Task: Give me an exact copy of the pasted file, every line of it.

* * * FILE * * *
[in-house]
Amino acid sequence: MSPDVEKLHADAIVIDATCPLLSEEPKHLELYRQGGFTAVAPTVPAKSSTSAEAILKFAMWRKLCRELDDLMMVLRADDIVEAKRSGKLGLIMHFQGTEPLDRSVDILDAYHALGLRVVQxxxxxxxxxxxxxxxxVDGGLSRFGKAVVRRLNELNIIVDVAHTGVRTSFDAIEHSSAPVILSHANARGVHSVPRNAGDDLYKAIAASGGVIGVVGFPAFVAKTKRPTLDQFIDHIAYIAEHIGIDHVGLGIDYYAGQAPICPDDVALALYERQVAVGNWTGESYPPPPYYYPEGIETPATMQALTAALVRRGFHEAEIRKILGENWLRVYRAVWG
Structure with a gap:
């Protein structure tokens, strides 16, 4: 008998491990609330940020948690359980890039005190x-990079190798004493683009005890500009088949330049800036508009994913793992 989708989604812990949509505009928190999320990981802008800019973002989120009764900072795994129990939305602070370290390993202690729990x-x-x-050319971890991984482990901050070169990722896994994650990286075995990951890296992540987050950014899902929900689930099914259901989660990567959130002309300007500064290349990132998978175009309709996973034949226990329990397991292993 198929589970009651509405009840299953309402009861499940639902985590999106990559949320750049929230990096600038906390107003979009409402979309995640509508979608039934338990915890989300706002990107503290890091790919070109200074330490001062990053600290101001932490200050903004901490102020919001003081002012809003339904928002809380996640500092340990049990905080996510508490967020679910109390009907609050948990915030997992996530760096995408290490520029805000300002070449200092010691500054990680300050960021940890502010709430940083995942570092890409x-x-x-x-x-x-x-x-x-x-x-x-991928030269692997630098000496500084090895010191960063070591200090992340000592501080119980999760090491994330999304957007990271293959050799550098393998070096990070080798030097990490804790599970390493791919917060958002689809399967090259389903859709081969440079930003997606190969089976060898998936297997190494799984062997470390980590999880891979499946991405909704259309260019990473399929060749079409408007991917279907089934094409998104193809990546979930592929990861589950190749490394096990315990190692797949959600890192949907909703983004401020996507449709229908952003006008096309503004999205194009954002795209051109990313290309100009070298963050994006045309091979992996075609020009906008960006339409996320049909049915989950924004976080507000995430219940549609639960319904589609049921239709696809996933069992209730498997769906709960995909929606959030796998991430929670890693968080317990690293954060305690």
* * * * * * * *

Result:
[in-house]
Amino acid sequence: MSPDVEKLHADAIVIDATCPLLSEEPKHLELYRQGGFTAVAPTVPAKSSTSAEAILKFAMWRKLCRELDDLMMVLRADDIVEAKRSGKLGLIMHFQGTEPLDRSVDILDAYHALGLRVVQxxxxxxxxxxxxxxxxVDGGLSRFGKAVVRRLNELNIIVDVAHTGVRTSFDAIEHSSAPVILSHANARGVHSVPRNAGDDLYKAIAASGGVIGVVGFPAFVAKTKRPTLDQFIDHIAYIAEHIGIDHVGLGIDYYAGQAPICPDDVALALYERQVAVGNWTGESYPPPPYYYPEGIETPATMQALTAALVRRGFHEAEIRKILGENWLRVYRAVWG
Structure with a gap:
């Protein structure tokens, strides 16, 4: 008998491990609330940020948690359980890039005190x-990079190798004493683009005890500009088949330049800036508009994913793992 989708989604812990949509505009928190999320990981802008800019973002989120009764900072795994129990939305602070370290390993202690729990x-x-x-050319971890991984482990901050070169990722896994994650990286075995990951890296992540987050950014899902929900689930099914259901989660990567959130002309300007500064290349990132998978175009309709996973034949226990329990397991292993 198929589970009651509405009840299953309402009861499940639902985590999106990559949320750049929230990096600038906390107003979009409402979309995640509508979608039934338990915890989300706002990107503290890091790919070109200074330490001062990053600290101001932490200050903004901490102020919001003081002012809003339904928002809380996640500092340990049990905080996510508490967020679910109390009907609050948990915030997992996530760096995408290490520029805000300002070449200092010691500054990680300050960021940890502010709430940083995942570092890409x-x-x-x-x-x-x-x-x-x-x-x-991928030269692997630098000496500084090895010191960063070591200090992340000592501080119980999760090491994330999304957007990271293959050799550098393998070096990070080798030097990490804790599970390493791919917060958002689809399967090259389903859709081969440079930003997606190969089976060898998936297997190494799984062997470390980590999880891979499946991405909704259309260019990473399929060749079409408007991917279907089934094409998104193809990546979930592929990861589950190749490394096990315990190692797949959600890192949907909703983004401020996507449709229908952003006008096309503004999205194009954002795209051109990313290309100009070298963050994006045309091979992996075609020009906008960006339409996320049909049915989950924004976080507000995430219940549609639960319904589609049921239709696809996933069992209730498997769906709960995909929606959030796998991430929670890693968080317990690293954060305690």